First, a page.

Insurance coverage is required by law when you own property. It is essential to protect both yourself and those that step foot on your property. Of course, no one likes to pay their monthly premiums for insurance coverage. The monthly costs add up quickly compared to the necessity to file a claim and benefit from the coverage. When you pay your insurance premiums, it is likely that you think that the insurance company is there for you, and will help you by any means necessary should an incident occur. It may be hard to comprehend that they may not have your best interests in mind throughout the claims process. When a representative comes out to inspect your damages, it is important to remember that they work for the insurance company. In turn, this means that they have the insurance company’s best interests in mind.
The adjuster that is sent to your property by the insurance company works on behalf of the insurance company. They will assess damages, and appraise them for the least amount possible to be paid out by the insurance company in your settlement. Sometimes, an insurance adjuster will call themselves an independent adjuster. Independent adjusters are still hired by the insurance company; therefore, they are working on their behalf as an independent contractor.
Insurance companies have to make a profit, while compensating their employees, keeping and keeping their clients happy. By offering higher claim settlement amounts, the company would have to increase the rates that they charge. This would be hard for them to stay competitive in the insurance market. So, they try to offer a minimal amount when their policyholders have damages to claim. In most cases, it works!
When a disaster occurs, policyholders tend to accept any amount that is offered by the insurance company. While the issue itself is stressful, the claims process can be even more stressful. Because of this, many policyholders receive much less than they are entitled to. Policyholders often do not even know what is and is not covered under their insurance policy. The small print and multitude of pages typically go unread. After being offered a settlement by the insurance company, it is important to take a step back and do some research on your own, or with the help of another professional.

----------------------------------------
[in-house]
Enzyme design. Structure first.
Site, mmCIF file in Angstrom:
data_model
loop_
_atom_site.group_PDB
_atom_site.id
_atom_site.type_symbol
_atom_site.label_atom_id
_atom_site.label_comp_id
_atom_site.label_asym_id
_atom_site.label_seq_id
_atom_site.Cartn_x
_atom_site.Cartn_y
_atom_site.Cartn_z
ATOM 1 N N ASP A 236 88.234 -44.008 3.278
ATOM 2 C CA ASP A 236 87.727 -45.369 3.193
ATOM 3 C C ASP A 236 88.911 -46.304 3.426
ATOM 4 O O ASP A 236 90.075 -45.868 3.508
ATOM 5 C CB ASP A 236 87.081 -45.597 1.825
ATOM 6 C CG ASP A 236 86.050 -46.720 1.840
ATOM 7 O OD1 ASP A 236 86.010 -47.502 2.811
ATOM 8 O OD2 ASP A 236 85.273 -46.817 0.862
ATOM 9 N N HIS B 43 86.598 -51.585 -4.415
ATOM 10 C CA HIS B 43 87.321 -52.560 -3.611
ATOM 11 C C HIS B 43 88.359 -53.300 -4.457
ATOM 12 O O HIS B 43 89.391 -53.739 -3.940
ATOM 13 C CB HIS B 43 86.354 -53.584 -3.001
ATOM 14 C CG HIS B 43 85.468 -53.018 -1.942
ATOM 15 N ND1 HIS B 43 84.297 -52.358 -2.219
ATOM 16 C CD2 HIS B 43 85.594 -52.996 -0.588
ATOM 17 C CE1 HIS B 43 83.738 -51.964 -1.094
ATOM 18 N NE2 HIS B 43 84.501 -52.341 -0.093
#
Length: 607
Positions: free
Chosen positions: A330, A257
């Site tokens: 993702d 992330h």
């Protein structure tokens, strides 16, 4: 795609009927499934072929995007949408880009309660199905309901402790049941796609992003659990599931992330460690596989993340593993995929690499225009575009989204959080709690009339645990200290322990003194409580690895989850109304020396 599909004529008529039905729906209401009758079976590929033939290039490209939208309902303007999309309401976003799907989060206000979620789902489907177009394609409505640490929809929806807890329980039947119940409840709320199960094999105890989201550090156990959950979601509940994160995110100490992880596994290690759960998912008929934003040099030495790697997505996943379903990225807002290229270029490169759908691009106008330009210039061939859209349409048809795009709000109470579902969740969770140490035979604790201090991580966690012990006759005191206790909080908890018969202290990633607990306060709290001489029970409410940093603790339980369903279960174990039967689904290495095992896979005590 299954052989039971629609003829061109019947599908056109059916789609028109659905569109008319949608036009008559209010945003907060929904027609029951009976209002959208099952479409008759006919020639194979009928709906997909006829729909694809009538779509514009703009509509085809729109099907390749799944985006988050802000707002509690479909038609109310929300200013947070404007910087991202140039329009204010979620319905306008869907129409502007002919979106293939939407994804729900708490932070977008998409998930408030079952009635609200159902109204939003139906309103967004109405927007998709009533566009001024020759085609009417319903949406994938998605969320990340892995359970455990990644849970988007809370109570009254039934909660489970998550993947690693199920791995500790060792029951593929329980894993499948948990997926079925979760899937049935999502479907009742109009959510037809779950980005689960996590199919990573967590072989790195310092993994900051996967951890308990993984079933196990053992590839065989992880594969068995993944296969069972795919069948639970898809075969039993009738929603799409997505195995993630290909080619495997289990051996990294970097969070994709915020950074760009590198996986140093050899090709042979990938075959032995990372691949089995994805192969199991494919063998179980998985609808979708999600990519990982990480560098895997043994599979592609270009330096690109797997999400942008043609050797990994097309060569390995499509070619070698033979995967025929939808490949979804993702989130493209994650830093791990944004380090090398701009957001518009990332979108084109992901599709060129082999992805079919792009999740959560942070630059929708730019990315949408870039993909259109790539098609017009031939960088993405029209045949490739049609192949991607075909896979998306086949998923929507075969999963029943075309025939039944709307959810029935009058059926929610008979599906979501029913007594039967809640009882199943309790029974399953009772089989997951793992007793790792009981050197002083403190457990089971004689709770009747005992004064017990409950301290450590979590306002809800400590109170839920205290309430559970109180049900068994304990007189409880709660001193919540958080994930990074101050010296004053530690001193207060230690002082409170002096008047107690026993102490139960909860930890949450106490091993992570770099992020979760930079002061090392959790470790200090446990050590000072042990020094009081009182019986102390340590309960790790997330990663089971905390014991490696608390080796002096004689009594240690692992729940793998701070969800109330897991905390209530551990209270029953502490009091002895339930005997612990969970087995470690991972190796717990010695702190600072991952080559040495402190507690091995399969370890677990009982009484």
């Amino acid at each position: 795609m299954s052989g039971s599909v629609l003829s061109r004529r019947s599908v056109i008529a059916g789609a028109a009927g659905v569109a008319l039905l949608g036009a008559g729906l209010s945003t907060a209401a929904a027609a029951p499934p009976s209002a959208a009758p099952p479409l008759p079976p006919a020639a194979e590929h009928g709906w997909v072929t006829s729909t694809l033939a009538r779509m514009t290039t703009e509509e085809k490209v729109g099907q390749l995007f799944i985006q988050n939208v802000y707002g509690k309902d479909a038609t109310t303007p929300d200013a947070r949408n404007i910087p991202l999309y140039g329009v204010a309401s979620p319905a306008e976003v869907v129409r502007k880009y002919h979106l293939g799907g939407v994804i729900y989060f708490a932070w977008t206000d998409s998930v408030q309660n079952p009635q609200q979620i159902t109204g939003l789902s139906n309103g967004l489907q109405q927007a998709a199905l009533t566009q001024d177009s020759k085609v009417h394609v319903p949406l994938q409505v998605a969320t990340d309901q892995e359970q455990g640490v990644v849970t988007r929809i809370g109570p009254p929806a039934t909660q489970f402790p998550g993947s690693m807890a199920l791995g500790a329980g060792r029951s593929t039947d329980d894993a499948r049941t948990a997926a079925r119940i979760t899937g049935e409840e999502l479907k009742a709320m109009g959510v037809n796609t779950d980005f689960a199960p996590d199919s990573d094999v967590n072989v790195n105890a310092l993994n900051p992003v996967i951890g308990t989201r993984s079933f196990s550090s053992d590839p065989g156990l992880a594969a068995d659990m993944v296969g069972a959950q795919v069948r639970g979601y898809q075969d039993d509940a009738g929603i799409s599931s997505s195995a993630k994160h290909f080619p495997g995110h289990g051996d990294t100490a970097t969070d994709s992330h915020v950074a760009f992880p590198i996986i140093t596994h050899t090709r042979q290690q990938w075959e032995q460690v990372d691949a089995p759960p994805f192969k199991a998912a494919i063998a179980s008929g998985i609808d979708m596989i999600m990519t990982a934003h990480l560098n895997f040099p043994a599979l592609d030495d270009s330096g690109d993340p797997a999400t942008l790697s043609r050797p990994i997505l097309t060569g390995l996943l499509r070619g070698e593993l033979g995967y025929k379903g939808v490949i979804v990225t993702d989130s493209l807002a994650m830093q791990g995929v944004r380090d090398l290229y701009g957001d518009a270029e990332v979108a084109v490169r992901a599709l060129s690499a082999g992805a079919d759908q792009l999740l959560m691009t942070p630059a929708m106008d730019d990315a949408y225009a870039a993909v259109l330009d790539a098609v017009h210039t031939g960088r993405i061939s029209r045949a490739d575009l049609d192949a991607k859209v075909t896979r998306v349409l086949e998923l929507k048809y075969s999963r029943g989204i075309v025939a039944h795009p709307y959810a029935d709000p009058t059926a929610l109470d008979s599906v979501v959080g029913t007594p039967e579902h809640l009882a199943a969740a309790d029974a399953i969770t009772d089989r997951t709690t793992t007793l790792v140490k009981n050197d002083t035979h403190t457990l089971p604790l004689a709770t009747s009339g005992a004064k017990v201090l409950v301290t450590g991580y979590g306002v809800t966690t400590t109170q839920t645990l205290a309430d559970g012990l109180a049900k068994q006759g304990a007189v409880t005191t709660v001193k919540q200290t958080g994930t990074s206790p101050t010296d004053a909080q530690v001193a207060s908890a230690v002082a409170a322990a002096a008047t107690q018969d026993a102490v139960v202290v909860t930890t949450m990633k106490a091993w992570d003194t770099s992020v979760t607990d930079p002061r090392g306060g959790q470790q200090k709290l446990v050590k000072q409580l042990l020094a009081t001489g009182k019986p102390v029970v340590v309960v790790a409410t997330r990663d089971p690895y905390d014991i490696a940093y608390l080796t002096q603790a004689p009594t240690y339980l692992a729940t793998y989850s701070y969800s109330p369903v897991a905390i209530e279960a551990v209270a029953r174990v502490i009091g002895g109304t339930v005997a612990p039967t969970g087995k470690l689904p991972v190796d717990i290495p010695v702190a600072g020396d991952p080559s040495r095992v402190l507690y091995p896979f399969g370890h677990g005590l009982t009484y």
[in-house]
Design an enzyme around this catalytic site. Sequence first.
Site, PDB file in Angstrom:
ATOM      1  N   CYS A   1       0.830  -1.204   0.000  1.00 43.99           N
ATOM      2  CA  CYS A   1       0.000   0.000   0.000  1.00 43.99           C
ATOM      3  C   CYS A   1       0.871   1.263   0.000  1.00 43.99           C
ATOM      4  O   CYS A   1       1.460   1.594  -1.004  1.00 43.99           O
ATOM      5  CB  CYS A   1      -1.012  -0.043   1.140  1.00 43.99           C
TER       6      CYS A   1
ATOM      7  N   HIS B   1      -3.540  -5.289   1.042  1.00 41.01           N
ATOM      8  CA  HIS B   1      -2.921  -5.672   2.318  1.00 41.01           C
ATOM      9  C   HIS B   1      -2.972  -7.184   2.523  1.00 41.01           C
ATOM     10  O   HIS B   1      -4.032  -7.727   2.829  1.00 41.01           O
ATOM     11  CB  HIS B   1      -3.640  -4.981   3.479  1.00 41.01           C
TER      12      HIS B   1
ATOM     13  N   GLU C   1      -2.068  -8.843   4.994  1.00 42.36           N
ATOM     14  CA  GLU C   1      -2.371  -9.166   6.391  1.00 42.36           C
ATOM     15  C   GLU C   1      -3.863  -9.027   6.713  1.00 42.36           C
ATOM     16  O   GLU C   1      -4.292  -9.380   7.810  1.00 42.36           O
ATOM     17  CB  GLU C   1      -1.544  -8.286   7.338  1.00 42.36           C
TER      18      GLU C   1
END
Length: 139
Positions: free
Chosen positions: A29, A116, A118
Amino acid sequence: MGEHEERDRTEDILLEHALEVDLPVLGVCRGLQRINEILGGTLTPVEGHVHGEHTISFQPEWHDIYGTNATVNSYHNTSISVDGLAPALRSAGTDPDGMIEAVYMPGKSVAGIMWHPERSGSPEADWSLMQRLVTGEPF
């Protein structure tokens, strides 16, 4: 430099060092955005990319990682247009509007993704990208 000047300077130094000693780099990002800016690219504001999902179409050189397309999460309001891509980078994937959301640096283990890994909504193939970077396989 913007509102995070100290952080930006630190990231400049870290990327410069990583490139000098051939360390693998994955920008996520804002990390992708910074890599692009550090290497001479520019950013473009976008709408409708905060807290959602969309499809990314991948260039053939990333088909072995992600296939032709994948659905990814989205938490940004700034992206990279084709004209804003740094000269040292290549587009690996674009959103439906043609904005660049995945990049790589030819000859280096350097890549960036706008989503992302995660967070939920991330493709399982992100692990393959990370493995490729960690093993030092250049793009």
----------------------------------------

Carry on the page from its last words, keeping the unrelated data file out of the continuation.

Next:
This is where a public adjuster can be helpful. A public adjuster is hired by you, the policyholder, in order to ensure that you get a settlement amount that is reflective of a realistic cost of repair. The public adjuster can work directly with your insurance company, relieving a great deal of stress from the process. They know how to decipher your policy to see what you are entitled to, and what should and should not be covered under the policy that you chose.
Public adjusters work for you. Insurance/Independent adjusters work for the insurance company. Public adjusters are experts when it comes to the claims process, and they will do a thorough investigation to determine the damages that have occurred. They will appraise the damage to your property, negotiate with the insurance company on your behalf, and get an appropriate settlement amount.
If you have a complex claim, there could be damage that cannot be seen from the surface. Public adjusters are experienced and know exactly what to look for to make sure that no stone goes unturned. They help to make sure that nothing is missed during the claims process to reduce headaches down the road.
Public adjusters are skilled in all types of damage appraisals. The most common types of damages that public adjusters handle are:
- Flood Damage
- Wind Damage
- Roof Leak Damage
- Plumbing Damage
- Electrical Fire Damage
- Water Damage
- Sinkhole Damage
In addition to the above, public adjusters are capable of performing appraisals and assessments of damages for many other types of damage.
The goal of the public adjuster is to reduce stress during the claims process, get the claim handled and settled in a timely manner, and to increase the amount of your settlement. The goal of an insurance/independent adjuster is to assess visible damages and to report back to the insurance company with the least amount that would fix the issue.